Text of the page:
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Team Curation

Aaron Sams
Educator, Speaker, Consultant, and Author

March 2017


A few years ago I helped a school in Colorado wrestle with questions about flipped learning. In this particular school, a group of 6 teachers who taught the same subject were trying to decide whether it was necessary for each of them to create their own video content, or if they should work together as a team. While they recognized that the students in their individual classes could benefit from each teacher creating unique content, they also realized that in doing so they would produce a lot of redundant material.

Ultimately, these teachers decided to play to their strengths and divide the workload into 3 categories:

  1. Video production. A few of the teachers were gifted communicators, and they created the video content. Doing so prevented all the teachers from having to learn how to create and edit video content, and how to communicate effectively through this medium.
  2. Classroom activities. Others were talented at developing in-class materials, and they spent their efforts on creating engaging and meaningful class activities. This approach helped ensure the quality of the materials being used as well as cohesion throughout the department.
  3. Testing materials. The remaining teachers were masters at developing and analyzing exams, so they wrote and scored tests and reported the data to the department. This alleviated the stress of writing and grading tests and allowed for a more comprehensive look at how the students were doing as a whole. It also provided valuable data that helped validate the exams, which informs future instruction.

The team developed a sense of collegiality that encouraged open dialogue about what was working and what was not. This approach also led students to recognize each of the teachers on the team as “their teacher,” creating a thriving culture of learning that would have otherwise been isolated within the walls of a single classroom.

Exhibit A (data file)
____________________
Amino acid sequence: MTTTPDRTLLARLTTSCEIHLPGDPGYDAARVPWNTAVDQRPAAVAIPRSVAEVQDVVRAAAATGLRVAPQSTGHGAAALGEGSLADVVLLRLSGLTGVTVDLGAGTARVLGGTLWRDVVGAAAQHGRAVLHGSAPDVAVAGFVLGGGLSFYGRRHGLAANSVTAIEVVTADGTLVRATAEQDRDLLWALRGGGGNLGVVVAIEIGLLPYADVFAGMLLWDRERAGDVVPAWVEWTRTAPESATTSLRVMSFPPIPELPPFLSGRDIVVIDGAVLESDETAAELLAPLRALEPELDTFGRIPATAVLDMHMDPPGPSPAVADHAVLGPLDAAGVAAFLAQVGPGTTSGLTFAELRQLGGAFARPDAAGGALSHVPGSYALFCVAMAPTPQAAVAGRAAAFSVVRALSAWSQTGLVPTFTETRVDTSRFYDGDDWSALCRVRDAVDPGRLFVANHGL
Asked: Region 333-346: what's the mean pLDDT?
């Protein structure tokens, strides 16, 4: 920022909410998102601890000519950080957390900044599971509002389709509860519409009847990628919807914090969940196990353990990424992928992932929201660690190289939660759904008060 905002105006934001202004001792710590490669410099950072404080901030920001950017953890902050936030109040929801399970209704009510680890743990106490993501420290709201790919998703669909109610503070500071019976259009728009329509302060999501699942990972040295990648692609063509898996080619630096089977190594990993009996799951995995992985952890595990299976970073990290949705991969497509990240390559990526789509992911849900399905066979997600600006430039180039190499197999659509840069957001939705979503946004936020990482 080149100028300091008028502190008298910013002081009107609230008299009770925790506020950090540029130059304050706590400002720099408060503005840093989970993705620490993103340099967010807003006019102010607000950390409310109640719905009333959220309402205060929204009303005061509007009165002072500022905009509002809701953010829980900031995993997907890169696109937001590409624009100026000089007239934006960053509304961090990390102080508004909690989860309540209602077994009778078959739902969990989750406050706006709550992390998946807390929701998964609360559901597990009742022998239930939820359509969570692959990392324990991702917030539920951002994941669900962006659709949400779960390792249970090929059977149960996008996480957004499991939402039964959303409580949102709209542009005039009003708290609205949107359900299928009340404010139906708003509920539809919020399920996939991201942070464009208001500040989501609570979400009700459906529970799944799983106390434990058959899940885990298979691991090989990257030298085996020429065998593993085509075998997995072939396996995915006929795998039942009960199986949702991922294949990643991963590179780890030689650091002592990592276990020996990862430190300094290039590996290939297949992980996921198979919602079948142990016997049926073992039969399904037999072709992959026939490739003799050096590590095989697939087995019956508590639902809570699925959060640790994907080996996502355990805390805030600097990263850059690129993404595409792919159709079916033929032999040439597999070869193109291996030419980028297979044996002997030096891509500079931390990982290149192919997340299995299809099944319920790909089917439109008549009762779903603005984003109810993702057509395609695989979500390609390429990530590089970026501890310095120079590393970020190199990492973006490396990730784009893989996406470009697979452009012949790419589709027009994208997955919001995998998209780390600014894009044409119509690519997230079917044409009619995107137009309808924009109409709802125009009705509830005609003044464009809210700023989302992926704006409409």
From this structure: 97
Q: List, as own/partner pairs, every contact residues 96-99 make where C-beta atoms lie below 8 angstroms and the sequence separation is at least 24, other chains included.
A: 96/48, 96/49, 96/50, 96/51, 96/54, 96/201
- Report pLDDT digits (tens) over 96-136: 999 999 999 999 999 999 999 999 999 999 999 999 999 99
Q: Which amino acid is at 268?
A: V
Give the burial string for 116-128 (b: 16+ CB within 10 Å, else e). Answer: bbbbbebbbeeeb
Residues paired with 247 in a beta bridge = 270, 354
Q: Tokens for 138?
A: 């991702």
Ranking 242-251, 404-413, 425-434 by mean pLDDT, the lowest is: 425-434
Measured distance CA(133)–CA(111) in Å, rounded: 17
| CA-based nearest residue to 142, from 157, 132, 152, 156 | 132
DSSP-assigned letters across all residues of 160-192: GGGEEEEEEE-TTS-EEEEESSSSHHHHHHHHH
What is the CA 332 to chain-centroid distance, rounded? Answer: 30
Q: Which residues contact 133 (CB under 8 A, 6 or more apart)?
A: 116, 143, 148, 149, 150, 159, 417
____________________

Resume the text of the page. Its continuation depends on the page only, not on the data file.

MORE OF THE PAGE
You don’t have to flip your class alone

If you or your departmental colleagues are hesitant to take the plunge into a flipped classroom because of the intimidating workload, you may want to consider this collaborative approach. Recognize that you do not have to flip your class alone. In fact, it is much easier to work with a partner or on a team. Sharing resources with colleagues helps to bring them along and to cultivate a spirit of collaboration within a department.

To identify a colleague’s skills, ask the following at your next department meeting:

  • Who is a good communicator?
  • Who is tech-savvy and has experience producing video?
  • Who uses amazing labs and demos?
  • Who produces great practice and application problems?
  • Who writes excellent exams?
  • Who loves to crunch data?

Split up the workload, share the responsibility of creation, play to your strengths, and curate as a team. As the saying goes, “Work smarter, not harder” as you develop your flipped class.

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